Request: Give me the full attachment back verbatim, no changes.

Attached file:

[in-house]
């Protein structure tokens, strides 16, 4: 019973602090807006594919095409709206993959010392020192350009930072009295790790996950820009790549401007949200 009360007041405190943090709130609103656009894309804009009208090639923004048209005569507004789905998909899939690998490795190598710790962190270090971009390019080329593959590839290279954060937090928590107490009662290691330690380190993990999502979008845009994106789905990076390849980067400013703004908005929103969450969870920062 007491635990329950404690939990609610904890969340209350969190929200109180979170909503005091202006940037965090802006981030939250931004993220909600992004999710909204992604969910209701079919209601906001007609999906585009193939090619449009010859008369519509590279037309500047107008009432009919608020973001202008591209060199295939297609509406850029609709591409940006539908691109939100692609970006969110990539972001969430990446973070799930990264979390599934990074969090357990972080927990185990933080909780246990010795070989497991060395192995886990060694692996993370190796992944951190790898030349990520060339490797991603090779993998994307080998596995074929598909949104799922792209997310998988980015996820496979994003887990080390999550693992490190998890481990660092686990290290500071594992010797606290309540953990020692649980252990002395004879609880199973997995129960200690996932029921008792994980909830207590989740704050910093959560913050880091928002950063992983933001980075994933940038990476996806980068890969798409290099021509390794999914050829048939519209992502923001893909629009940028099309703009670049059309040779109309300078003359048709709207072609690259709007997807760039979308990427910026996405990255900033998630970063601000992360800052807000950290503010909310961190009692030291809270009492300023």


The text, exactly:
[in-house]
């Protein structure tokens, strides 16, 4: 019973602090807006594919095409709206993959010392020192350009930072009295790790996950820009790549401007949200 009360007041405190943090709130609103656009894309804009009208090639923004048209005569507004789905998909899939690998490795190598710790962190270090971009390019080329593959590839290279954060937090928590107490009662290691330690380190993990999502979008845009994106789905990076390849980067400013703004908005929103969450969870920062 007491635990329950404690939990609610904890969340209350969190929200109180979170909503005091202006940037965090802006981030939250931004993220909600992004999710909204992604969910209701079919209601906001007609999906585009193939090619449009010859008369519509590279037309500047107008009432009919608020973001202008591209060199295939297609509406850029609709591409940006539908691109939100692609970006969110990539972001969430990446973070799930990264979390599934990074969090357990972080927990185990933080909780246990010795070989497991060395192995886990060694692996993370190796992944951190790898030349990520060339490797991603090779993998994307080998596995074929598909949104799922792209997310998988980015996820496979994003887990080390999550693992490190998890481990660092686990290290500071594992010797606290309540953990020692649980252990002395004879609880199973997995129960200690996932029921008792994980909830207590989740704050910093959560913050880091928002950063992983933001980075994933940038990476996806980068890969798409290099021509390794999914050829048939519209992502923001893909629009940028099309703009670049059309040779109309300078003359048709709207072609690259709007997807760039979308990427910026996405990255900033998630970063601000992360800052807000950290503010909310961190009692030291809270009492300023």